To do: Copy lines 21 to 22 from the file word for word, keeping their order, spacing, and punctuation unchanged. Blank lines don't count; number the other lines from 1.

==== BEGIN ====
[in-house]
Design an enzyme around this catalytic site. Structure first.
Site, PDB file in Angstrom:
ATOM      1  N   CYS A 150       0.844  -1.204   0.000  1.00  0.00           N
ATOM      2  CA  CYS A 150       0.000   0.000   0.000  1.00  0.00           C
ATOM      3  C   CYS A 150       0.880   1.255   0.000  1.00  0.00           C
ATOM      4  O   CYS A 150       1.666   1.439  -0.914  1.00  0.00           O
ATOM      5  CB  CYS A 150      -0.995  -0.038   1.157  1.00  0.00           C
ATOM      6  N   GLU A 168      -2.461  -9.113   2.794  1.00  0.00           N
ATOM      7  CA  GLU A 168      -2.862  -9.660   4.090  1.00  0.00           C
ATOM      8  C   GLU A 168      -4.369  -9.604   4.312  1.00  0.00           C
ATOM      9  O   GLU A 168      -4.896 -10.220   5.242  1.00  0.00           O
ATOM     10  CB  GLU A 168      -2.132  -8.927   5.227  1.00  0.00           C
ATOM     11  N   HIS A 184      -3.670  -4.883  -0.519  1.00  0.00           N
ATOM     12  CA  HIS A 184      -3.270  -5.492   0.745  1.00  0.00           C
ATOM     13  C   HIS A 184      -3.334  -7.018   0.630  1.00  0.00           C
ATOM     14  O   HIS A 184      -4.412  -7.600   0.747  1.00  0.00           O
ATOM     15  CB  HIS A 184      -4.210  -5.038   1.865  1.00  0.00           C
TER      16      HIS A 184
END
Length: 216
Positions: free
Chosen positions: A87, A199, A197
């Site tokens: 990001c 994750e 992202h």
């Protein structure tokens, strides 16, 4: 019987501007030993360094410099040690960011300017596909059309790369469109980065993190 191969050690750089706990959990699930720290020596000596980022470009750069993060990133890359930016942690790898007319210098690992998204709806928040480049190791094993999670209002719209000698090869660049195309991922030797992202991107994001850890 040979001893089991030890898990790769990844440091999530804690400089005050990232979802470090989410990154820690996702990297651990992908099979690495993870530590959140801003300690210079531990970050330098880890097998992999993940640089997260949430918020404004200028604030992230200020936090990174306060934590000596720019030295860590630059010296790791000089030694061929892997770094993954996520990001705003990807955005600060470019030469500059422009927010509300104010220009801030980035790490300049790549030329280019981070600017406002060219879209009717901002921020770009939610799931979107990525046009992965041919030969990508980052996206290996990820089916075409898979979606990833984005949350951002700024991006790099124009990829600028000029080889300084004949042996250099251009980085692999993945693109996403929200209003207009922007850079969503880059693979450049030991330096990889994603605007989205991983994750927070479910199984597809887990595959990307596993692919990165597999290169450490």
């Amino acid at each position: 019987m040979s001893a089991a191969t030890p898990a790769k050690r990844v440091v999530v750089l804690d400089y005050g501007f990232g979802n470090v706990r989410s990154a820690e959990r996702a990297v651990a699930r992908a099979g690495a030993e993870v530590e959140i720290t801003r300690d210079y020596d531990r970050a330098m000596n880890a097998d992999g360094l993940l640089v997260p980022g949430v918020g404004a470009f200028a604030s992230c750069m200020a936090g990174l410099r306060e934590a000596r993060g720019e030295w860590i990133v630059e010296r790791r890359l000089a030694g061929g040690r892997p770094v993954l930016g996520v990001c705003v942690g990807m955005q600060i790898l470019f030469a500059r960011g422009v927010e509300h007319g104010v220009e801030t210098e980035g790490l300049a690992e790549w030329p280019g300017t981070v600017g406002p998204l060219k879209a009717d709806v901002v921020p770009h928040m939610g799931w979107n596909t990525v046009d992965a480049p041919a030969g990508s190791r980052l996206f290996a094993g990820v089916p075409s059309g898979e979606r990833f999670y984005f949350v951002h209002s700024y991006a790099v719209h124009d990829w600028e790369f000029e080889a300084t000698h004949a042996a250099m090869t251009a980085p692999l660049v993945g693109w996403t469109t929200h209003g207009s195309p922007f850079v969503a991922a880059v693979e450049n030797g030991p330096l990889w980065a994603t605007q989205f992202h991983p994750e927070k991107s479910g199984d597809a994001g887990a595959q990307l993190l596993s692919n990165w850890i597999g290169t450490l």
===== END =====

Length: 216
Positions: free